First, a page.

Facts & Ruling by Court:
A man was catastrophically injured in a car accident and was taken to the Detroit Medical Center for care. The patient’s medical expenses were covered by the No-Fault law. Before the patient was discharged and before the DMC issued an itemization of charges to the patient’s no-fault insurer, the patient’s lawyer claimed an attorney’s charging lien (MCL 500.3148) against the charges incurred arguing that he facilitated in procuring coverage and payment. The DMC refused to honor the lien arguing, in part, that there was no attorney-client relationship between it and the patient’s attorney. The Michigan Supreme Court ruled that the DMC was not liable to pay the patient’s attorney fee. That said, the Court was silent about whether the attorney fee lien was validly asserted against the DMC’s charges recovered; ducking to answer this pressing question, the Court instead held that the DMC could pursue the balance of its charges directly against the patient.
What this case means for injured persons and medical service providers:
- It reaffirms medical provider’s longstanding position that the relationship between the patient and provider is one of creditor (provider) and debtor (patient). Thus, regrettably, it seemingly pits providers against patients instead of the liable auto no-fault insurance company.
- The Court held that no common fund was created which seemingly overrules Aetna Cas & Surety Co , 116 Mich App 630 (1982), which has the effect of undercutting the entire basis that attorneys have relied upon in enforcing a lien against the funds recovered.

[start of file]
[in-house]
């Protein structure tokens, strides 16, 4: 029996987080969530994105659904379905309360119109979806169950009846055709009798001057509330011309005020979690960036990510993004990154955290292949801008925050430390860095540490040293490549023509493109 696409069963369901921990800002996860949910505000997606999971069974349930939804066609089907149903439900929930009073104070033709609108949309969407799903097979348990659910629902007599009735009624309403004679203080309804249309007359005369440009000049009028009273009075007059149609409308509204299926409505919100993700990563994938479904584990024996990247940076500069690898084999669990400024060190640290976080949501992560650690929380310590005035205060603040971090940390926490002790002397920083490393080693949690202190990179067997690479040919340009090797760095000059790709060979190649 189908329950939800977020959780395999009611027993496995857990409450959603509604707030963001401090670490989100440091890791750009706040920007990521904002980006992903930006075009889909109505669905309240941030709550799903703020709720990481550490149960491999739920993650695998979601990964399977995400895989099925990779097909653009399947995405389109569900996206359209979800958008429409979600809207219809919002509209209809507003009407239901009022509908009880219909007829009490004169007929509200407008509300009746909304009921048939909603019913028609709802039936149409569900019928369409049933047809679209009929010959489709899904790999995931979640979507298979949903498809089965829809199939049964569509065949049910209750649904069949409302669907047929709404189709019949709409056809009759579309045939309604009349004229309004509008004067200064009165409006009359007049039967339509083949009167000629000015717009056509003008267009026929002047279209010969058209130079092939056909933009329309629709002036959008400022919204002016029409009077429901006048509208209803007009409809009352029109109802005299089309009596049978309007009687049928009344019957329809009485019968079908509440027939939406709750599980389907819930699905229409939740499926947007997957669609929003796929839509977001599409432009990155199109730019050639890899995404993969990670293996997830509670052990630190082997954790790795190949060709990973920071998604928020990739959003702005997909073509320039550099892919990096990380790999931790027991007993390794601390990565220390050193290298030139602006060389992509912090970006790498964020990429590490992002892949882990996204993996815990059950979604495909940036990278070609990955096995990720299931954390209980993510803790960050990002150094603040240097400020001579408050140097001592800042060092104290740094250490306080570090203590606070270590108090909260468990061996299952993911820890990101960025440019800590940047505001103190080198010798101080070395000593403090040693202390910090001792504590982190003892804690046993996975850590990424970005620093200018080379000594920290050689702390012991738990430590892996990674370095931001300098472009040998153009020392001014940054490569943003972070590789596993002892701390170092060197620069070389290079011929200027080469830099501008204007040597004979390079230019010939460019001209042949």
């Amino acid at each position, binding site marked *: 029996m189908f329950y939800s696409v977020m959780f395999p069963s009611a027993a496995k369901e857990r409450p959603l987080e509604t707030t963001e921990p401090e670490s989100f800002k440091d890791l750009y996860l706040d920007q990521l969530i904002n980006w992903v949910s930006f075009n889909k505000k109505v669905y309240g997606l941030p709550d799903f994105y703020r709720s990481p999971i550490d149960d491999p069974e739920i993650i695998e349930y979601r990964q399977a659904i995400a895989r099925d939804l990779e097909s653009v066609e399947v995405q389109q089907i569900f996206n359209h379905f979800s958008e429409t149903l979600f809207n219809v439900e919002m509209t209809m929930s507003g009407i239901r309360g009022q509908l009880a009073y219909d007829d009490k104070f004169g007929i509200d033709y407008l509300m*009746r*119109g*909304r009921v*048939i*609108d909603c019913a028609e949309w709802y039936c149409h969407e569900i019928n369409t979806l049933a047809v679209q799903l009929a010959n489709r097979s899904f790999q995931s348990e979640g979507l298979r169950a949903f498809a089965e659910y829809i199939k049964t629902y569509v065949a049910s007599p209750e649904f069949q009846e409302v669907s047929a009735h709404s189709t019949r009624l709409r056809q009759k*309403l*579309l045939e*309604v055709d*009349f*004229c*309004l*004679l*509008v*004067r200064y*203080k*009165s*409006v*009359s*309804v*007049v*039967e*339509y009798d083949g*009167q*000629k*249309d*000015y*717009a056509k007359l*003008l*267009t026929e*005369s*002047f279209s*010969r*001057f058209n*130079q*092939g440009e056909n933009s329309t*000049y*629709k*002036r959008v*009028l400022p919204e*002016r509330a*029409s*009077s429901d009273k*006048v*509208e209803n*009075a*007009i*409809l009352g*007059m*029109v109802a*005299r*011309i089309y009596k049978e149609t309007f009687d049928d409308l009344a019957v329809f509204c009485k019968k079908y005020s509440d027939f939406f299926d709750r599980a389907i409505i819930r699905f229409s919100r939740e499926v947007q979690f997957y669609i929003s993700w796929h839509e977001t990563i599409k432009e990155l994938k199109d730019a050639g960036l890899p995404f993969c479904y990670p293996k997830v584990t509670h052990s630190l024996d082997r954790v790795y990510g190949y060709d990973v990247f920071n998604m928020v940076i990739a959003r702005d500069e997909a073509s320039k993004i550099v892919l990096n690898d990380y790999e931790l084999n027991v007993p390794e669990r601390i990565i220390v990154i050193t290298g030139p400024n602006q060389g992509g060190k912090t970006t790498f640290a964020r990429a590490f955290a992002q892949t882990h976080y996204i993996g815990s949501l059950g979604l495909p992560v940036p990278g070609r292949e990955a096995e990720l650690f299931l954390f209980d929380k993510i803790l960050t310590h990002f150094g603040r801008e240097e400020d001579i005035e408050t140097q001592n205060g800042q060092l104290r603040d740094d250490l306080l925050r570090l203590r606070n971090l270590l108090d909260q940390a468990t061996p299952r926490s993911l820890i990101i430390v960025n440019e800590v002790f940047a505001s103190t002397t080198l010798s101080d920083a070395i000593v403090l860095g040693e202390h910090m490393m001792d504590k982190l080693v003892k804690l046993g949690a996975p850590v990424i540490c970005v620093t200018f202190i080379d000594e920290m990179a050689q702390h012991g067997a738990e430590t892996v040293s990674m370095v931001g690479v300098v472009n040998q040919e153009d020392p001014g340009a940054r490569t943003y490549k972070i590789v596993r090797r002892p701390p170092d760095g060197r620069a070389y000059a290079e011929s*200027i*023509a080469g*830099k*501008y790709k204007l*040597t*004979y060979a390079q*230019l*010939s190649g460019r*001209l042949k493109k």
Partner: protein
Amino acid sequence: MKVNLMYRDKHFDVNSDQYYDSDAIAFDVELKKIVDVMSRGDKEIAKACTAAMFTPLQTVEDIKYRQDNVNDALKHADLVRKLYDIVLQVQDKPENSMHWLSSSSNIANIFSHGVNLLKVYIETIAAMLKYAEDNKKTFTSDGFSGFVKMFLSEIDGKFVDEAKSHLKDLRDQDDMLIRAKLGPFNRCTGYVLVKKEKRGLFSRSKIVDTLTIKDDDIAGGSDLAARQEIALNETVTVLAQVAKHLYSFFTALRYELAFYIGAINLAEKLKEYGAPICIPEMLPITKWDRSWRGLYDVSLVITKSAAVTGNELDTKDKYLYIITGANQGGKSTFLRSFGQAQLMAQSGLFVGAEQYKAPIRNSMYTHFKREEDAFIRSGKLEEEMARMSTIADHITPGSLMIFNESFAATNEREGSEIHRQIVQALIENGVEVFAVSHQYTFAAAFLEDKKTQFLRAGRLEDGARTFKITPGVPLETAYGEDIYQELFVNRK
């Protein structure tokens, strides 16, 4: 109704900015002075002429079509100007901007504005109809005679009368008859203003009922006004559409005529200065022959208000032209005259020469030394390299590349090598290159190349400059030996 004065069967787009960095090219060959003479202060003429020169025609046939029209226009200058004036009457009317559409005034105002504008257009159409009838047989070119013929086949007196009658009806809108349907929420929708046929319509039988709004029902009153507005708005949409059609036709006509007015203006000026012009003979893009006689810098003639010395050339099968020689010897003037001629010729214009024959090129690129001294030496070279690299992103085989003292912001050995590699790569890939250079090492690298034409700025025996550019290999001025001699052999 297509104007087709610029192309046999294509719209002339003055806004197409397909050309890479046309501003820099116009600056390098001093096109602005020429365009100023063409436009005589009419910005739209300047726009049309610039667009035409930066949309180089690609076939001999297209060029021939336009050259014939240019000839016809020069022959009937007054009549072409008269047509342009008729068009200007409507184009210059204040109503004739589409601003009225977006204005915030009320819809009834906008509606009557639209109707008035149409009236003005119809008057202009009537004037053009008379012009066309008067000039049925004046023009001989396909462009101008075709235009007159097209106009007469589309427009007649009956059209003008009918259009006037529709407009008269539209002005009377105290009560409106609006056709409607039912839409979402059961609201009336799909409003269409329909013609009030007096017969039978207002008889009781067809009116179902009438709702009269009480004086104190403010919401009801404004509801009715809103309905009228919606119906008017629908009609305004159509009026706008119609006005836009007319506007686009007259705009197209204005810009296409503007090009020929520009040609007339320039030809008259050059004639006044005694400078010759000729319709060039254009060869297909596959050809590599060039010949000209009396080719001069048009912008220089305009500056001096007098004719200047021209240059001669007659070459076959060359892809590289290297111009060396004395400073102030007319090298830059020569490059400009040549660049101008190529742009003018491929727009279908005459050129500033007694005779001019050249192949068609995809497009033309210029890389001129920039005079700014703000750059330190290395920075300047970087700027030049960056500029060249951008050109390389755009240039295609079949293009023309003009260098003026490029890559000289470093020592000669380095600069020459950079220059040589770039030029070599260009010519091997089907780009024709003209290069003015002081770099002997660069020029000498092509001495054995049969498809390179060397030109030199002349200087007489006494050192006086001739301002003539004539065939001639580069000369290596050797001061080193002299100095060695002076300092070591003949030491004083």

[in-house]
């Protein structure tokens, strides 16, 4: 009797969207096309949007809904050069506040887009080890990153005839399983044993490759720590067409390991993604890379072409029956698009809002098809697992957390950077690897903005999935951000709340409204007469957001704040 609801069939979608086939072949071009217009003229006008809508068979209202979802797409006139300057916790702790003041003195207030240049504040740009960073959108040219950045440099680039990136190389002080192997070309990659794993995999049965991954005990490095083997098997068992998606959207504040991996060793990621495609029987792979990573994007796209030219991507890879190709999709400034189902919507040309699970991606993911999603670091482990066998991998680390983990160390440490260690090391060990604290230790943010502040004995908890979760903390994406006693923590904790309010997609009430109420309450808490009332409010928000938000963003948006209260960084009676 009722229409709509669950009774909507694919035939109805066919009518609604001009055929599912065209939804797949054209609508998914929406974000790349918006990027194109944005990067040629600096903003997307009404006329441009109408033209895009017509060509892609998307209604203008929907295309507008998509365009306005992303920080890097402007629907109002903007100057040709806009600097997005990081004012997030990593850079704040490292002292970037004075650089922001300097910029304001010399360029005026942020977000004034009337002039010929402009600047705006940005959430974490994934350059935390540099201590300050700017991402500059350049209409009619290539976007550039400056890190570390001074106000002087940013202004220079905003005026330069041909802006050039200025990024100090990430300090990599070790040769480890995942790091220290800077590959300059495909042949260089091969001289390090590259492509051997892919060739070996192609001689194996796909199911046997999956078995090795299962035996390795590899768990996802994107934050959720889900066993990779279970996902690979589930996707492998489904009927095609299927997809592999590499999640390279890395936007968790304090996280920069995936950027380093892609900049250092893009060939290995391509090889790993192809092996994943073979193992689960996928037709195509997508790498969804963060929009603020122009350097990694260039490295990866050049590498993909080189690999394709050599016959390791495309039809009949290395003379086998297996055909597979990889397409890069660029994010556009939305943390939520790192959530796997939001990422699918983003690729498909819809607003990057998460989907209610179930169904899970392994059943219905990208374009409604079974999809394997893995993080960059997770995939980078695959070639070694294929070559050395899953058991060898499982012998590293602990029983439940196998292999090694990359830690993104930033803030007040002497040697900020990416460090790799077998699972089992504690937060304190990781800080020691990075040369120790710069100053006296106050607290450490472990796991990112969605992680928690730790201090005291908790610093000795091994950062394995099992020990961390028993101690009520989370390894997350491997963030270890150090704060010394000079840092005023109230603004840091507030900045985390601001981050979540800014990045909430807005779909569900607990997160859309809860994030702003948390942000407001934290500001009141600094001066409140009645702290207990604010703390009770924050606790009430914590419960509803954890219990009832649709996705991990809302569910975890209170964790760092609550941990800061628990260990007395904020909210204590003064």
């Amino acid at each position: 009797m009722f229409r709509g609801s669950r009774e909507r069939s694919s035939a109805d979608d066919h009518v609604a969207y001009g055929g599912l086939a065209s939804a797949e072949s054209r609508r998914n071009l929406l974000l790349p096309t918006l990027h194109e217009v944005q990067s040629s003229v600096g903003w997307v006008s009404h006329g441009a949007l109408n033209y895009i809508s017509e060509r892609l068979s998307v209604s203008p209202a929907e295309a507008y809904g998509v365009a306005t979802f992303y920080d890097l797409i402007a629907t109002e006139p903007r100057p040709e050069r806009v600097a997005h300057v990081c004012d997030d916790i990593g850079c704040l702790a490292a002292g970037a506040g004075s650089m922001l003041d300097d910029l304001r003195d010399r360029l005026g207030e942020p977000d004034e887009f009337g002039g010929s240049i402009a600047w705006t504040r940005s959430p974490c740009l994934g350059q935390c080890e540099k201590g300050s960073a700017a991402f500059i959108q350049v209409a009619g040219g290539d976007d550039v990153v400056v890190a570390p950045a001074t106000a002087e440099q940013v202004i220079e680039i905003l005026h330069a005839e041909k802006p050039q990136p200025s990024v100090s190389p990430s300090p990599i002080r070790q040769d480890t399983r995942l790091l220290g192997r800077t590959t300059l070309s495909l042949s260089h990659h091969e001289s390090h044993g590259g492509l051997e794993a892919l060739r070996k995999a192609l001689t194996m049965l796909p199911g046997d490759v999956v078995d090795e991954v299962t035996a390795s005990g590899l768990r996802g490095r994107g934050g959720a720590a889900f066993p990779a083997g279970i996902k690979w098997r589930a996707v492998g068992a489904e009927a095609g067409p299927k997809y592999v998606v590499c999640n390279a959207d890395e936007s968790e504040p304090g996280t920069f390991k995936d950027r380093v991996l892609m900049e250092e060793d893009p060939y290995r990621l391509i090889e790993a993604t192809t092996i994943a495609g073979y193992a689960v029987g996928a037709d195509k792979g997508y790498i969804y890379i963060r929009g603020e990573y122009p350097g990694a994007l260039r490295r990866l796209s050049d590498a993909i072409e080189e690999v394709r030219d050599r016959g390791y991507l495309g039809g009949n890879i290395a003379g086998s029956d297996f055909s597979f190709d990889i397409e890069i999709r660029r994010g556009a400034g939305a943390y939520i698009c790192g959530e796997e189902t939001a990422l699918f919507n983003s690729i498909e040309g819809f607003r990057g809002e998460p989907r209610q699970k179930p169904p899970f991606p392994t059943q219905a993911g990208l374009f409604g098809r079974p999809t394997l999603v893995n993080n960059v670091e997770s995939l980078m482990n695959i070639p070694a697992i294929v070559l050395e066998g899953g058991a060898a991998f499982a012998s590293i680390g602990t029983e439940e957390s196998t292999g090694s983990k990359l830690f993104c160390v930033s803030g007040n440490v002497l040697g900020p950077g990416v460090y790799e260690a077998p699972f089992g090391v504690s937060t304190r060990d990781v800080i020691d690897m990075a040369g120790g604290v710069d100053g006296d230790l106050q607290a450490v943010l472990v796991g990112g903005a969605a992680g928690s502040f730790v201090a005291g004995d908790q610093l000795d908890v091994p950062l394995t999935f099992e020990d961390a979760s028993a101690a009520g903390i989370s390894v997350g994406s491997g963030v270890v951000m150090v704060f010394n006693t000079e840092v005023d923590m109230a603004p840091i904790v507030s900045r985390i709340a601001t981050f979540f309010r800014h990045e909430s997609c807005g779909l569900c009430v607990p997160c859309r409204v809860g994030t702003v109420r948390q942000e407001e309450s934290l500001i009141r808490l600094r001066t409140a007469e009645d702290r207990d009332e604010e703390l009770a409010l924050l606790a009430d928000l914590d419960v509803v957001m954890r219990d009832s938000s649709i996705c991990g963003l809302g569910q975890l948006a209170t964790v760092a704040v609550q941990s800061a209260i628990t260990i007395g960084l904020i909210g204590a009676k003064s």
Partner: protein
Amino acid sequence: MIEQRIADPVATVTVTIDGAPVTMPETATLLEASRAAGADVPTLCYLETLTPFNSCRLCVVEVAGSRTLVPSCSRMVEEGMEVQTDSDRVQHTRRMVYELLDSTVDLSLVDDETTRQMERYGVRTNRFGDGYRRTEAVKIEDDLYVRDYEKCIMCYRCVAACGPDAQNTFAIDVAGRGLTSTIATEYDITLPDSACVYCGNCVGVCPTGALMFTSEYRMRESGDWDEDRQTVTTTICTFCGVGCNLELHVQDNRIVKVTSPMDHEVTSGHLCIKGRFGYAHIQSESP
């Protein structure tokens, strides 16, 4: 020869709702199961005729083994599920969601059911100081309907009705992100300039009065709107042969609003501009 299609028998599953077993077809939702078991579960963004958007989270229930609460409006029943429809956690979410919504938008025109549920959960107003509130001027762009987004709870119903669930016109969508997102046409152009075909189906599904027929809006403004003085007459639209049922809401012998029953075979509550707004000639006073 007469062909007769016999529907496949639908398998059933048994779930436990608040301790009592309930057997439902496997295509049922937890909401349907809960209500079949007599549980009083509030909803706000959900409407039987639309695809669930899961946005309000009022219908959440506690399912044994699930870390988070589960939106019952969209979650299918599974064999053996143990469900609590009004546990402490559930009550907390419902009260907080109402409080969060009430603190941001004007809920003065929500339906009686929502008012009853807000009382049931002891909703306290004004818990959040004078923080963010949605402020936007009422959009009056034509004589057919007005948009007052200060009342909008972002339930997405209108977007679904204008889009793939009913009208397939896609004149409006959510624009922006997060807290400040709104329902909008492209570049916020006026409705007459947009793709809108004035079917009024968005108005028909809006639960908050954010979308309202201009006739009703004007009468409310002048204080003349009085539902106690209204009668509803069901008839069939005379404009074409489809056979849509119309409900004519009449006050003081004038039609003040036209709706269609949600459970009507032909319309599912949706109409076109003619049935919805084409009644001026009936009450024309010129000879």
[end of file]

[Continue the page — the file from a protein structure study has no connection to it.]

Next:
- Regarding an attorney-client relationship between an attorney and a provider, the Court does say that there must be some kind of explicit waiver or “unequivocal acquiescence.” This will like spur more litigation. At worst, however, medical providers can argue that it reaffirms the meaning of ethics opinion C-226. On that note, it is incumbent that medical providers be proactive when there is attorney contact: send the form letter making clear that there is no attorney-client relationship and they are not authorized to pursue the provider’s charges.
- The ultimate quandary this Order creates is how does the medical provider now collect its bill that the attorney has retained? The Order does not contain any remand language on procedure. These important procedural questions remain unanswered.
Authored by L. Page Graves